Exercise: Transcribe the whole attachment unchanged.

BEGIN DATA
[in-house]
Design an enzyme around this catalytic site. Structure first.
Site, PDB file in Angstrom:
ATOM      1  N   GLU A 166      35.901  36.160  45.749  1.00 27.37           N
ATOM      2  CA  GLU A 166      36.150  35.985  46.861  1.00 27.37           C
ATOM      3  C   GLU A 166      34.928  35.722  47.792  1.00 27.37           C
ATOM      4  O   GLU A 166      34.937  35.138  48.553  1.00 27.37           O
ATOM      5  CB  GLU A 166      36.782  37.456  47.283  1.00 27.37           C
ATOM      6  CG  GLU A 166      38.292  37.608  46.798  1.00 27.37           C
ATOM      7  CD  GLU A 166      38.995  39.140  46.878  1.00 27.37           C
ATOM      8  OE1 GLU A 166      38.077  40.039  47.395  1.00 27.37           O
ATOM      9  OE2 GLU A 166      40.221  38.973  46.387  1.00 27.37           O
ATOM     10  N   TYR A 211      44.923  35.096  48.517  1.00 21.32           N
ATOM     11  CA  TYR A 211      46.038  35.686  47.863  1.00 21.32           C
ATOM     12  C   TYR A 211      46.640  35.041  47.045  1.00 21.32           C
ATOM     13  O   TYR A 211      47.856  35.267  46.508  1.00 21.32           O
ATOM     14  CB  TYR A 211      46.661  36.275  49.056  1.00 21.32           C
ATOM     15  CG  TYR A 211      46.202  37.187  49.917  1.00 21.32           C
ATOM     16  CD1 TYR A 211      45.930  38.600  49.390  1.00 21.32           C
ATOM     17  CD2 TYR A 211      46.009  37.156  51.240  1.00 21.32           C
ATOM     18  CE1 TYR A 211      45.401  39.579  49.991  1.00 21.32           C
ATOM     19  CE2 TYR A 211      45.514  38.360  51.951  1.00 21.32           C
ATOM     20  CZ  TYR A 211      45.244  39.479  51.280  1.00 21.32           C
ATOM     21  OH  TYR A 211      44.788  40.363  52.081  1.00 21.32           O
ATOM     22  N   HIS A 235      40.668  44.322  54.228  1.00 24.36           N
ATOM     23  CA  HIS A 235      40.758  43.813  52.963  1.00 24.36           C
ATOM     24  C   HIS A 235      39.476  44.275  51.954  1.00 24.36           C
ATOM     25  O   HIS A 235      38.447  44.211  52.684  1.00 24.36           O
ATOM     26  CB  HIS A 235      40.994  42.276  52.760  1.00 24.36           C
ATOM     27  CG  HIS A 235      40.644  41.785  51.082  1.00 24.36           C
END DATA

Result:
[in-house]
Design an enzyme around this catalytic site. Structure first.
Site, PDB file in Angstrom:
ATOM      1  N   GLU A 166      35.901  36.160  45.749  1.00 27.37           N
ATOM      2  CA  GLU A 166      36.150  35.985  46.861  1.00 27.37           C
ATOM      3  C   GLU A 166      34.928  35.722  47.792  1.00 27.37           C
ATOM      4  O   GLU A 166      34.937  35.138  48.553  1.00 27.37           O
ATOM      5  CB  GLU A 166      36.782  37.456  47.283  1.00 27.37           C
ATOM      6  CG  GLU A 166      38.292  37.608  46.798  1.00 27.37           C
ATOM      7  CD  GLU A 166      38.995  39.140  46.878  1.00 27.37           C
ATOM      8  OE1 GLU A 166      38.077  40.039  47.395  1.00 27.37           O
ATOM      9  OE2 GLU A 166      40.221  38.973  46.387  1.00 27.37           O
ATOM     10  N   TYR A 211      44.923  35.096  48.517  1.00 21.32           N
ATOM     11  CA  TYR A 211      46.038  35.686  47.863  1.00 21.32           C
ATOM     12  C   TYR A 211      46.640  35.041  47.045  1.00 21.32           C
ATOM     13  O   TYR A 211      47.856  35.267  46.508  1.00 21.32           O
ATOM     14  CB  TYR A 211      46.661  36.275  49.056  1.00 21.32           C
ATOM     15  CG  TYR A 211      46.202  37.187  49.917  1.00 21.32           C
ATOM     16  CD1 TYR A 211      45.930  38.600  49.390  1.00 21.32           C
ATOM     17  CD2 TYR A 211      46.009  37.156  51.240  1.00 21.32           C
ATOM     18  CE1 TYR A 211      45.401  39.579  49.991  1.00 21.32           C
ATOM     19  CE2 TYR A 211      45.514  38.360  51.951  1.00 21.32           C
ATOM     20  CZ  TYR A 211      45.244  39.479  51.280  1.00 21.32           C
ATOM     21  OH  TYR A 211      44.788  40.363  52.081  1.00 21.32           O
ATOM     22  N   HIS A 235      40.668  44.322  54.228  1.00 24.36           N
ATOM     23  CA  HIS A 235      40.758  43.813  52.963  1.00 24.36           C
ATOM     24  C   HIS A 235      39.476  44.275  51.954  1.00 24.36           C
ATOM     25  O   HIS A 235      38.447  44.211  52.684  1.00 24.36           O
ATOM     26  CB  HIS A 235      40.994  42.276  52.760  1.00 24.36           C
ATOM     27  CG  HIS A 235      40.644  41.785  51.082  1.00 24.36           C